"After 14 days of quarantine, the Employer's Employee Health department instructed her to come back to work if she was asymptomatic, irrespective of whether she was still COVID-19 positive," the complaint said. "RN Doe sought out another COVID-19 test on her own, and once again tested positive. Her doctor extended her sick leave, and indeed, she is still very ill."
At Mission Hospital in Asheville, North Carolina, several RNs performed aerosolizing procedures without appropriate personal protective equipment (N95 respirator masks) on a respiratory failure patient confirmed to be COVID-19 positive shortly thereafter. According to the complaint, HCA and Mission have failed to test – or in many cases, even notify – all nurses who were exposed to COVID-19.
In another instance at Mission, RNs in the neurology unit worked closely with a technician confirmed to be COVID-19 positive. HCA and Mission failed to notify these nurses of their exposure. When one RN notified the employer that she had been exposed and sought out testing, her request was denied.
The complaint emphasizes how a hospital environment becomes a hot spot when employers fail to ensure safe workplace conditions. RNs regularly must share space and equipment such as computers, cabinets, desks, phones, bathrooms, and nursing stations. Moreover, RNs share breakrooms, where people generally have their masks off because they are eating or drinking.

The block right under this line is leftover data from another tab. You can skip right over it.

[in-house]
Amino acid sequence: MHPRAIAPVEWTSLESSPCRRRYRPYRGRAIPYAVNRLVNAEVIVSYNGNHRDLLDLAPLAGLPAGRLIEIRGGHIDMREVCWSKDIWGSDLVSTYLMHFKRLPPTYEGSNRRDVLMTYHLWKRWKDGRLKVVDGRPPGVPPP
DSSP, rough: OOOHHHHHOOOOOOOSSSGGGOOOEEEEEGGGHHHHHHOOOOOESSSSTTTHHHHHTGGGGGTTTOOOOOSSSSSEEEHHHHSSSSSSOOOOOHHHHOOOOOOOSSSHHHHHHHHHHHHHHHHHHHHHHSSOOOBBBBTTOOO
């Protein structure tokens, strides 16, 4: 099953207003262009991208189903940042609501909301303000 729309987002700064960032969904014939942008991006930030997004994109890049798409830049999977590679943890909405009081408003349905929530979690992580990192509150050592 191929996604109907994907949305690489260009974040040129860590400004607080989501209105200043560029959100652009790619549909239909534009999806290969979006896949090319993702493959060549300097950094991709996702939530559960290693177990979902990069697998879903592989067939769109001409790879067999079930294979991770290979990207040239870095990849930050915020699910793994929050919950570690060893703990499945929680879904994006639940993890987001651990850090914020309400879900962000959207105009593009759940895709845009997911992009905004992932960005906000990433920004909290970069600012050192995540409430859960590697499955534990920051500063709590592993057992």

It's virtually impossible to maintain social distancing during certain protocols and procedures, such as patient lifts and baths, the complaint alleges. Some routine patient care tasks can last for at least 15 to 45 minutes, and they require prolonged contact between workers. There is a high likelihood that nurses may contract COVID-19 from asymptomatic coworkers.
HCA is one of the wealthiest hospital system in the U.S. It made $1.1 billion in profit in the second quarter of 2020, and it received $1.4 billion from the CARES Act, as well as an additional $300 million since June 30. The system did not immediately return a request for comment.
THE LARGER TREND
The NNU complaint is the second such complaint brought forth against HCA Healthcare in just the past week. Late last week, Service Employees International Union-United Healthcare Workers West brought a lawsuit against HCA for allegedly "recklessly" facilitating the spread of COVID-19 among its workers and the Riverside, California community.
The lawsuit, filed in the Superior Court of California, alleges RCH forced employees to work without adequate personal protective equipment, including masks, gowns, hairnets, gloves and facial shields; required employees to work despite having COVID-19 symptoms; pressured employees not to take precautionary measures against COVID-19 exposure, such as sanitization, if they hindered efficiency; ignored worker complaints about lack of PPE; had inadequate contact tracing, and pressured workers to ignore workplace-safety measures.
They are seeking monetary compensation and a declaration from HCA that it committed a public nuisance and unfair business practices for its alleged acts.